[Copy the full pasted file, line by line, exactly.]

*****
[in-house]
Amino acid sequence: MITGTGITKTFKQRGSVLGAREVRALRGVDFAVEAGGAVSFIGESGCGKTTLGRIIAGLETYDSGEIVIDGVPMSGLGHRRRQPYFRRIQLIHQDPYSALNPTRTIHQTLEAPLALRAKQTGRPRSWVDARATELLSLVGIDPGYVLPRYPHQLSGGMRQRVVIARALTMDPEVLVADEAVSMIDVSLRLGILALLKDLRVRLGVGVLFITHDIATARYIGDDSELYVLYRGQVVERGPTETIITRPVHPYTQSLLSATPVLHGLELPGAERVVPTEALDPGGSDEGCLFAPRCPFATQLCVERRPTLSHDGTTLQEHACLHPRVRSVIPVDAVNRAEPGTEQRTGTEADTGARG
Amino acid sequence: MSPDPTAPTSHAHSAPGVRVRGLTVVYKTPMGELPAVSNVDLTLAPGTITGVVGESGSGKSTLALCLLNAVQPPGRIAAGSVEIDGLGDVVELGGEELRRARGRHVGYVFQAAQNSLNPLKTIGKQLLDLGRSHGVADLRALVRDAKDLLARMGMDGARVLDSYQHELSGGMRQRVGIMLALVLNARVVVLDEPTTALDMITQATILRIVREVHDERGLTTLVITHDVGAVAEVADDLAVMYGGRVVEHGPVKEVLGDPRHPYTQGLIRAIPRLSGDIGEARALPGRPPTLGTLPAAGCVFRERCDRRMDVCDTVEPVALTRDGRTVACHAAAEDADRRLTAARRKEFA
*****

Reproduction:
[in-house]
Amino acid sequence: MITGTGITKTFKQRGSVLGAREVRALRGVDFAVEAGGAVSFIGESGCGKTTLGRIIAGLETYDSGEIVIDGVPMSGLGHRRRQPYFRRIQLIHQDPYSALNPTRTIHQTLEAPLALRAKQTGRPRSWVDARATELLSLVGIDPGYVLPRYPHQLSGGMRQRVVIARALTMDPEVLVADEAVSMIDVSLRLGILALLKDLRVRLGVGVLFITHDIATARYIGDDSELYVLYRGQVVERGPTETIITRPVHPYTQSLLSATPVLHGLELPGAERVVPTEALDPGGSDEGCLFAPRCPFATQLCVERRPTLSHDGTTLQEHACLHPRVRSVIPVDAVNRAEPGTEQRTGTEADTGARG
Amino acid sequence: MSPDPTAPTSHAHSAPGVRVRGLTVVYKTPMGELPAVSNVDLTLAPGTITGVVGESGSGKSTLALCLLNAVQPPGRIAAGSVEIDGLGDVVELGGEELRRARGRHVGYVFQAAQNSLNPLKTIGKQLLDLGRSHGVADLRALVRDAKDLLARMGMDGARVLDSYQHELSGGMRQRVGIMLALVLNARVVVLDEPTTALDMITQATILRIVREVHDERGLTTLVITHDVGAVAEVADDLAVMYGGRVVEHGPVKEVLGDPRHPYTQGLIRAIPRLSGDIGEARALPGRPPTLGTLPAAGCVFRERCDRRMDVCDTVEPVALTRDGRTVACHAAAEDADRRLTAARRKEFA